Nanoparticles are being developed for diagnostic imaging, for the early detection of neurological disease, cardiovascular disease and cancer.
The technology is based upon contrast nanoparticles which can be metallic, magnetic or polymeric in nature. These particles can be functionalised with a biological targeting agent such as an antibody and are generally between 10 and 100 nm in diameter.
For the detection of cardiovascular disease, contrast nanoparticles are introduced into the bloodstream. In this example, the particles are targeted towards proteins on the surface of an atherosclerotic plaque. These plaques can lead to blockage of arteries, resulting in events such as strokes or heart attacks.
When the particles bind to the plaque, high loading of the particles can be achieved, due to their small size. When used in conjunction with commonly used techniques such as MRI or PET, the presence of the plaque is detected, visualised here by the luminescent purple colour. By changing the targeting agent on the contrast nanoparticles, it will be possible to detect cancer, cardiovascular disease and neurological disease.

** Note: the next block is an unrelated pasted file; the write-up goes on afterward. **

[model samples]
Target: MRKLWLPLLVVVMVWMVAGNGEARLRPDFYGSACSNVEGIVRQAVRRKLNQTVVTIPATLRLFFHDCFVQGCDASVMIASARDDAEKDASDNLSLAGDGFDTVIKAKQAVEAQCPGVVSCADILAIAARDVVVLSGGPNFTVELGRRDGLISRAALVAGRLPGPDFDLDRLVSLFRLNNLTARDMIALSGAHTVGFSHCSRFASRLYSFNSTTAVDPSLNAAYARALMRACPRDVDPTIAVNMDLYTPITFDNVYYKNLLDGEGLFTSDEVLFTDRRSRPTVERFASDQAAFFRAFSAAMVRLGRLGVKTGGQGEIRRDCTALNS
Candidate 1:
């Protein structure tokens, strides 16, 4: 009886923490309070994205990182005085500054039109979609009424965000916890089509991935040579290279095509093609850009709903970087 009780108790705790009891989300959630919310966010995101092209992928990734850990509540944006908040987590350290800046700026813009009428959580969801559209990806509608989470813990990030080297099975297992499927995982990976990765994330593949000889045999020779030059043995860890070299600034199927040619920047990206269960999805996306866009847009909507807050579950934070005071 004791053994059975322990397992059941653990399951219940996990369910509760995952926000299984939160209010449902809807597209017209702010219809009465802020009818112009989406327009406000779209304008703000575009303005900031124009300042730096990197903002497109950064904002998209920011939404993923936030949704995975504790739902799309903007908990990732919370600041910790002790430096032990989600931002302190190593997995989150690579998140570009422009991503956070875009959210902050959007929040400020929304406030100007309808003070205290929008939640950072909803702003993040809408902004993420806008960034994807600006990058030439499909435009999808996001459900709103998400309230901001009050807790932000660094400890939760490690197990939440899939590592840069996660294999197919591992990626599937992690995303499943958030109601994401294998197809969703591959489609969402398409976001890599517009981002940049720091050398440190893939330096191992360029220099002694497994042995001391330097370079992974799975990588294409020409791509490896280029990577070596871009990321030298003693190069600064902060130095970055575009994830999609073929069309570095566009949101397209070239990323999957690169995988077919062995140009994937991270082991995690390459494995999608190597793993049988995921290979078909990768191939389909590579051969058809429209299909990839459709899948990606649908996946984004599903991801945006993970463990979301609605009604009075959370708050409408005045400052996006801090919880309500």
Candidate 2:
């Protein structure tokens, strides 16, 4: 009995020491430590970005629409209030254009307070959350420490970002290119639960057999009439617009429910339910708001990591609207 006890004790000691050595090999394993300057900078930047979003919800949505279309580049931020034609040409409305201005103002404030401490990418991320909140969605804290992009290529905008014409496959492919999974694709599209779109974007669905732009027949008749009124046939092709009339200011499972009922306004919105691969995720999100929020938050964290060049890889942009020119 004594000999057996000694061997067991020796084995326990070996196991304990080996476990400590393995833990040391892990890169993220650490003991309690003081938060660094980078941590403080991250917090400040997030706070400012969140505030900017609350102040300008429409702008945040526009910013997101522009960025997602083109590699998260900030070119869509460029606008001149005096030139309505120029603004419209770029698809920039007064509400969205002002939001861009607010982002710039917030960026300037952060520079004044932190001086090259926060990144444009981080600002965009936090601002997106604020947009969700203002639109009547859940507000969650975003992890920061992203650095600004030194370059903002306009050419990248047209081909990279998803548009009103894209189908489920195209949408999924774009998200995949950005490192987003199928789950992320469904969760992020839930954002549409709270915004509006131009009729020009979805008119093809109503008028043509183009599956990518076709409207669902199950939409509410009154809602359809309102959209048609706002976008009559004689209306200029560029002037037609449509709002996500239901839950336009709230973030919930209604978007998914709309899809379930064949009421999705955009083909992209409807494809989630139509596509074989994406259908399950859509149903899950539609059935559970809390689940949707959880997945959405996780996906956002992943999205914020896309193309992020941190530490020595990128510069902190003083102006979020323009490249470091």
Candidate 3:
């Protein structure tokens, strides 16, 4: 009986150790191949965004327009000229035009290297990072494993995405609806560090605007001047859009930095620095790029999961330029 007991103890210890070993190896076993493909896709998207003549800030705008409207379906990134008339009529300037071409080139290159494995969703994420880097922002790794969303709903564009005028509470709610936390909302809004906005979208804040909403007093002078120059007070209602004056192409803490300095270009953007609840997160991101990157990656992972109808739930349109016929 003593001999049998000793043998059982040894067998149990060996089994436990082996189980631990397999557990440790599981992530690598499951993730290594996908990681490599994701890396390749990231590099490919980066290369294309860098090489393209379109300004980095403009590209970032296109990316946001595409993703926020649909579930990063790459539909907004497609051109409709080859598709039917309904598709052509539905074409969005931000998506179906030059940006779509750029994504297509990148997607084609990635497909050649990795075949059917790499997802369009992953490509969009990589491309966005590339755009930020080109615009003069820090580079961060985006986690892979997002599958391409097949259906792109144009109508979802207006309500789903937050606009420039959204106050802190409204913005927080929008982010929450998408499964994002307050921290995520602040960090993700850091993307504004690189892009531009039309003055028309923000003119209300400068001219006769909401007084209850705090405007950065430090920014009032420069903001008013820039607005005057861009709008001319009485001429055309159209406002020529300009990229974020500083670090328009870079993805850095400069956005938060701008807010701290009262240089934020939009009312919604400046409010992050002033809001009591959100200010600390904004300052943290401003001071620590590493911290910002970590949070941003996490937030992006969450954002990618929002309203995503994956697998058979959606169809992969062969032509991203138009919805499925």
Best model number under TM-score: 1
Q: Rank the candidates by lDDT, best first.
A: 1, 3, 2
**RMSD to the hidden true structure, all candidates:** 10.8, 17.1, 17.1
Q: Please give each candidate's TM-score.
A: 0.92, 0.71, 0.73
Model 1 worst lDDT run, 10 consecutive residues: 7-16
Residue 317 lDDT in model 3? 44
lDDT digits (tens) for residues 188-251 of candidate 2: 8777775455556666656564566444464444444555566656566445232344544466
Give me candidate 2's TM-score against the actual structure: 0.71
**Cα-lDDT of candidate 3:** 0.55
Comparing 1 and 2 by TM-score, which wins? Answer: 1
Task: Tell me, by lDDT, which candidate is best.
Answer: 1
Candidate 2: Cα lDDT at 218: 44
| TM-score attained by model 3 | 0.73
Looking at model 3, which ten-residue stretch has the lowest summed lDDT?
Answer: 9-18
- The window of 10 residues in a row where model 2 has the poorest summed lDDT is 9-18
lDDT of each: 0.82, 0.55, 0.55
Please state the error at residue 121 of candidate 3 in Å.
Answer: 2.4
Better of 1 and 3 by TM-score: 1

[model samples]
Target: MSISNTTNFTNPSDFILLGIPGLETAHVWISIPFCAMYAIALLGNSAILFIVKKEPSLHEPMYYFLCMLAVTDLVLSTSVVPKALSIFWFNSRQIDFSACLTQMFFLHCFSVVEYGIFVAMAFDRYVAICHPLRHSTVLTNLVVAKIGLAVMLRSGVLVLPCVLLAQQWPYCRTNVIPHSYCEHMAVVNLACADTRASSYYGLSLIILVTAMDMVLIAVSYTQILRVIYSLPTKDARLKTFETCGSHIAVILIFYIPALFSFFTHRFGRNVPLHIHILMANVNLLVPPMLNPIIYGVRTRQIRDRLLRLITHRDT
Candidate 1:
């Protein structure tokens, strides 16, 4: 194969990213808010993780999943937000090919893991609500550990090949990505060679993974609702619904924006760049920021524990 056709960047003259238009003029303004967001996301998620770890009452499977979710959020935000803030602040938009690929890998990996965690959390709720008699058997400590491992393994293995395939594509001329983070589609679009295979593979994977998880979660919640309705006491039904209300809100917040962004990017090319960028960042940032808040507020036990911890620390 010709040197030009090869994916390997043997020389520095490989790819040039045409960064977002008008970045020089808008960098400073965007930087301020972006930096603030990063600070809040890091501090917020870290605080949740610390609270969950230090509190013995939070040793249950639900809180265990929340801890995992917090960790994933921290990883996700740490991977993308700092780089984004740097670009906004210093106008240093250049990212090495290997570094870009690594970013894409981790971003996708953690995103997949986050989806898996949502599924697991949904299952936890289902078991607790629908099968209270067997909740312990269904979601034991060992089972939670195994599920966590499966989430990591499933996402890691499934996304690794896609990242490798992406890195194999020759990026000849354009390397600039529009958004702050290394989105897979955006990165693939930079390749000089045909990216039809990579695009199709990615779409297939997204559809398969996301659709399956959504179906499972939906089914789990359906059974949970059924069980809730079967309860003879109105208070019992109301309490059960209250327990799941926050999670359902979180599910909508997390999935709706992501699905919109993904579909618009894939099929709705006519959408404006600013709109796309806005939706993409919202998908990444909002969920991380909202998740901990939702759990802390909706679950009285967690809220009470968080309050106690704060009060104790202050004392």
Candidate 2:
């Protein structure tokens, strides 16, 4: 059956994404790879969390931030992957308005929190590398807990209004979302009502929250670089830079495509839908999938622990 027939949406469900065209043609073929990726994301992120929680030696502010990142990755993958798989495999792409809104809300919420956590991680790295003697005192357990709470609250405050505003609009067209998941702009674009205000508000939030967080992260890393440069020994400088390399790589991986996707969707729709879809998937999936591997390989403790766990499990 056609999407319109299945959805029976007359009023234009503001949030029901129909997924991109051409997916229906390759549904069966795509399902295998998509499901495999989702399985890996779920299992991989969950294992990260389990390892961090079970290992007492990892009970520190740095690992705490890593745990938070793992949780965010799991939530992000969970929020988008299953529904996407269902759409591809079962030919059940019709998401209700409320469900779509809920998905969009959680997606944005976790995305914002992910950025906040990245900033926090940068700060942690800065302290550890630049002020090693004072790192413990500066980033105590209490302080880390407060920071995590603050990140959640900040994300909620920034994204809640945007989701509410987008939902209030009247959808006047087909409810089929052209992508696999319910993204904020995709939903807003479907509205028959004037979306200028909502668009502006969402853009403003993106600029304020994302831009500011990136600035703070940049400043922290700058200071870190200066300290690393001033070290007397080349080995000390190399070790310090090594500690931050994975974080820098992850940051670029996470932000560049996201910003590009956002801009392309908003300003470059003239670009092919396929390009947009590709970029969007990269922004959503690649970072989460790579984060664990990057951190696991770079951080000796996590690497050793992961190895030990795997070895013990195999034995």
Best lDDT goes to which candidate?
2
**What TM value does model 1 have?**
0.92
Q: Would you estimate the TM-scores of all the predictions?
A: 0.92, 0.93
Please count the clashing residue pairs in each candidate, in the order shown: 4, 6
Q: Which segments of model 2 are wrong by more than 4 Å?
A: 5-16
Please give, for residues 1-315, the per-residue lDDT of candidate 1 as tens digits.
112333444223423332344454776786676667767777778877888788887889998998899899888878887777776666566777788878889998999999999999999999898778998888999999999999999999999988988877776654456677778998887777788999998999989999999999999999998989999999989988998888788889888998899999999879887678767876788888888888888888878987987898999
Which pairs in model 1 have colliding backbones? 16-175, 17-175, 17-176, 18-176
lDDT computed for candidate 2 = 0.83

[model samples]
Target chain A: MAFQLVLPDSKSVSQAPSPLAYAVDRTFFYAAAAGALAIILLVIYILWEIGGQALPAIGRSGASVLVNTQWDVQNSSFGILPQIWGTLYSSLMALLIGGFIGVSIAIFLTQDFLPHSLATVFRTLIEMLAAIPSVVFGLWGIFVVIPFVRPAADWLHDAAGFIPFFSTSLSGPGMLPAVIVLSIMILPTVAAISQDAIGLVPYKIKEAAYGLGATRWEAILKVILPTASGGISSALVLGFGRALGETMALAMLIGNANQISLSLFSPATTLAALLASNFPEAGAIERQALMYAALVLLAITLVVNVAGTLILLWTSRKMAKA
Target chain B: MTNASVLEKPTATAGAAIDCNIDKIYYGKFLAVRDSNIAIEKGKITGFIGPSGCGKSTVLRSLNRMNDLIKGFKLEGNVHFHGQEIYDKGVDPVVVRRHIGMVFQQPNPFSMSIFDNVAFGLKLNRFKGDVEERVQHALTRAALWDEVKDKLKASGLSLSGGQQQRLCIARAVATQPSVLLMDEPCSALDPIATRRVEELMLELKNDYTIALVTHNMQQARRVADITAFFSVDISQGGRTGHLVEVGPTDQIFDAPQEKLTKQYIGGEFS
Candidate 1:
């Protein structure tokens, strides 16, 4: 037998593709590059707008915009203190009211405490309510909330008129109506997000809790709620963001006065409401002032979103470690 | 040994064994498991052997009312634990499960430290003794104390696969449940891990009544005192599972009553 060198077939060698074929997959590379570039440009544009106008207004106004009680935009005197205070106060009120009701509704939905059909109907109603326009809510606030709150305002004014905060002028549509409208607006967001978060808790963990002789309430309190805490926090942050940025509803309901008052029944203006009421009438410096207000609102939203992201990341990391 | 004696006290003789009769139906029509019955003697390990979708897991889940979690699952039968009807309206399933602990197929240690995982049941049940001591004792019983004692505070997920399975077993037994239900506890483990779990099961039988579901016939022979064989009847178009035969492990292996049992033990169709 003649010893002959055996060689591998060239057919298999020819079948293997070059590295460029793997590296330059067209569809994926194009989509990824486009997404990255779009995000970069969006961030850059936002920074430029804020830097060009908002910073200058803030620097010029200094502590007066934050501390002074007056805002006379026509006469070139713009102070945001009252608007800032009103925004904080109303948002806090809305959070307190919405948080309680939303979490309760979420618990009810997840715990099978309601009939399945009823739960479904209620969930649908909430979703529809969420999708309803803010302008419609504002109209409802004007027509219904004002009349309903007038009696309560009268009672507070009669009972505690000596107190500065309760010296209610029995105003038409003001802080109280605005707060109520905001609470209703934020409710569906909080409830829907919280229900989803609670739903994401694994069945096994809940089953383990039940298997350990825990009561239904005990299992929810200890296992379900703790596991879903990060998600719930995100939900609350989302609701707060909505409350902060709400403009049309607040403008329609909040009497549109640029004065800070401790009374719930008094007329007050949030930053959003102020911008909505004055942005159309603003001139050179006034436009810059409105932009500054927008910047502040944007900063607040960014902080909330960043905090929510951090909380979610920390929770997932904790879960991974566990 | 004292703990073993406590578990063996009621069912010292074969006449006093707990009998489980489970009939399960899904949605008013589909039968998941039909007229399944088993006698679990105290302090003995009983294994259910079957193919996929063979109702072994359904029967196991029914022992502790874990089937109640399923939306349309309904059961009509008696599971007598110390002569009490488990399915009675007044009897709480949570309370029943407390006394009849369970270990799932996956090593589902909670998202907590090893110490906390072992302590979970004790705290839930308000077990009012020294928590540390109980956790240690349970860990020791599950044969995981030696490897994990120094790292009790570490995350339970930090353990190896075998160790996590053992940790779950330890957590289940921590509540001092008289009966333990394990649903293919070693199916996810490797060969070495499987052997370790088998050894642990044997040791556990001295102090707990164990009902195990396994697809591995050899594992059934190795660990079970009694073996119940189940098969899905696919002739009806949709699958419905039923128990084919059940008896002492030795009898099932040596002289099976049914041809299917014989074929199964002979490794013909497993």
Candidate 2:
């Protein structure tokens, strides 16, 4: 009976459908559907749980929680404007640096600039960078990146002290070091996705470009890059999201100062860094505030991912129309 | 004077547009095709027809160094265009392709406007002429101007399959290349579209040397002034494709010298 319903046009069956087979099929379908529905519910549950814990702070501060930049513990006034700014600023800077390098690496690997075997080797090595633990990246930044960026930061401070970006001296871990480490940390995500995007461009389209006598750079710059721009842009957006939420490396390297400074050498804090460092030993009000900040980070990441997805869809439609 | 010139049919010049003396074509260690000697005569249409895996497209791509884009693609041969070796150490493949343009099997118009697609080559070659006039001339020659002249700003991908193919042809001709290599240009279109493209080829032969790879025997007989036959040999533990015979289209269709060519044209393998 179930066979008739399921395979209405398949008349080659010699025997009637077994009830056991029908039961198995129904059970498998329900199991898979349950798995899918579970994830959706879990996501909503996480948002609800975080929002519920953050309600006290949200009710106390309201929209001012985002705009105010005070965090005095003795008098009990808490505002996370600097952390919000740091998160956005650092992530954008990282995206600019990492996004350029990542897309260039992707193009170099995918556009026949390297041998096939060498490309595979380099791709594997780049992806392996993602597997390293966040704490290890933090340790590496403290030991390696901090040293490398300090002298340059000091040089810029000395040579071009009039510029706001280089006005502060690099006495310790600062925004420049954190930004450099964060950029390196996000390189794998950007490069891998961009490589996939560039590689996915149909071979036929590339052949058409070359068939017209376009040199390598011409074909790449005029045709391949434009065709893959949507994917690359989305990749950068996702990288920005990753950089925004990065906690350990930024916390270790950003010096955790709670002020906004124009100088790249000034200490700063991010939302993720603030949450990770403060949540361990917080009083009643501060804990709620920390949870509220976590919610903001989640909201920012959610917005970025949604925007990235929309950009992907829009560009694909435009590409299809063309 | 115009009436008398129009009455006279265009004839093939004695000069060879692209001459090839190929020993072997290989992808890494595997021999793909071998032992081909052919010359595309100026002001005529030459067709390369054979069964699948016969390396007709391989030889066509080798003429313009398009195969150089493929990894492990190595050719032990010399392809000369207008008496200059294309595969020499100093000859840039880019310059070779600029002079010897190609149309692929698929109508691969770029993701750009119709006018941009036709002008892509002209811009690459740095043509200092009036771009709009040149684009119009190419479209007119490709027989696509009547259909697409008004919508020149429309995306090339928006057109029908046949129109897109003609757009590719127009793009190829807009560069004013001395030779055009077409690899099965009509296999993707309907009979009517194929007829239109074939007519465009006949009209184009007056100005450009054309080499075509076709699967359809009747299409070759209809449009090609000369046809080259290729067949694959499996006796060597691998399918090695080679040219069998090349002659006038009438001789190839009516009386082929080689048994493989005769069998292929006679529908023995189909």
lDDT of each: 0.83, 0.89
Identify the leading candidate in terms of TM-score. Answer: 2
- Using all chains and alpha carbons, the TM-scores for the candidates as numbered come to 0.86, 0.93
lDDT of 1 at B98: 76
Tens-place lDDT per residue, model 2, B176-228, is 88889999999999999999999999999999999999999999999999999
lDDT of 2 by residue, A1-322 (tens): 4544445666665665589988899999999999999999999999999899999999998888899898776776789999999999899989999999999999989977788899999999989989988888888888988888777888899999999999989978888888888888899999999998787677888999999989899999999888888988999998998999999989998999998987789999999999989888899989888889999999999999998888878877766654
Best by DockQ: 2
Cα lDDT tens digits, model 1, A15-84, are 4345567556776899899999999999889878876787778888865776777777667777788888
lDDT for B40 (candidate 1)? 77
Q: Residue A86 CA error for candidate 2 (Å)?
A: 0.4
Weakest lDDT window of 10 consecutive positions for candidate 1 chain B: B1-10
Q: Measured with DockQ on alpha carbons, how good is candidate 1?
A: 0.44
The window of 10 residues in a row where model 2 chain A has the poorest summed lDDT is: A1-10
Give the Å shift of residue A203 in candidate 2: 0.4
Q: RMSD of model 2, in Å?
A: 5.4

Benefits include targeted delivery of contrast agents, which in turn can reduce toxic effects within the body due to lower dosages and no damage to surrounding tissues. Signal amplification can be achieved due to high loading of the particles, which enables earlier detection of diseases. This technology offers clear advantages in the diagnosis and treatment of human diseases.
For further information contact Dr Jeanette Pritchard at Nanovic
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